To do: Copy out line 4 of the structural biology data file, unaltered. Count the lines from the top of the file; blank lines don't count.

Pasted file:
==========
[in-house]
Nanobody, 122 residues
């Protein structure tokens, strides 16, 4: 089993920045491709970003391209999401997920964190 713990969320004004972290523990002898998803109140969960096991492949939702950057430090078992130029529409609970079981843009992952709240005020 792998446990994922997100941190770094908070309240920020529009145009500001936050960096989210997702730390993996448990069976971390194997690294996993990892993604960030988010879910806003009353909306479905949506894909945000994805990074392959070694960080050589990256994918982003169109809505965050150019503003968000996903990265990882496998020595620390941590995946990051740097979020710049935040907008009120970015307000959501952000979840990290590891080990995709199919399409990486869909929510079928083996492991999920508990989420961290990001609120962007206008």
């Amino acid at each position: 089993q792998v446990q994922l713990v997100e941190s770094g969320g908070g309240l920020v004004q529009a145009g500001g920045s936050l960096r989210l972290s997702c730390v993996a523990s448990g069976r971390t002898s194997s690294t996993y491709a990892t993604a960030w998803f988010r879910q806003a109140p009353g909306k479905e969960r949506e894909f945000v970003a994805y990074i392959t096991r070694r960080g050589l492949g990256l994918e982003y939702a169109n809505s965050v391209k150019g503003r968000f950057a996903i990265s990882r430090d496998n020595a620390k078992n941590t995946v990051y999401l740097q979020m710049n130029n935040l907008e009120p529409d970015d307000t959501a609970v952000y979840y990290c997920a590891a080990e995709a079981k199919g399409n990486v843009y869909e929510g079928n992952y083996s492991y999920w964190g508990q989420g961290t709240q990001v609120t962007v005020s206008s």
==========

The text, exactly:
């Amino acid at each position: 089993q792998v446990q994922l713990v997100e941190s770094g969320g908070g309240l920020v004004q529009a145009g500001g920045s936050l960096r989210l972290s997702c730390v993996a523990s448990g069976r971390t002898s194997s690294t996993y491709a990892t993604a960030w998803f988010r879910q806003a109140p009353g909306k479905e969960r949506e894909f945000v970003a994805y990074i392959t096991r070694r960080g050589l492949g990256l994918e982003y939702a169109n809505s965050v391209k150019g503003r968000f950057a996903i990265s990882r430090d496998n020595a620390k078992n941590t995946v990051y999401l740097q979020m710049n130029n935040l907008e009120p529409d970015d307000t959501a609970v952000y979840y990290c997920a590891a080990e995709a079981k199919g399409n990486v843009y869909e929510g079928n992952y083996s492991y999920w964190g508990q989420g961290t709240q990001v609120t962007v005020s206008s």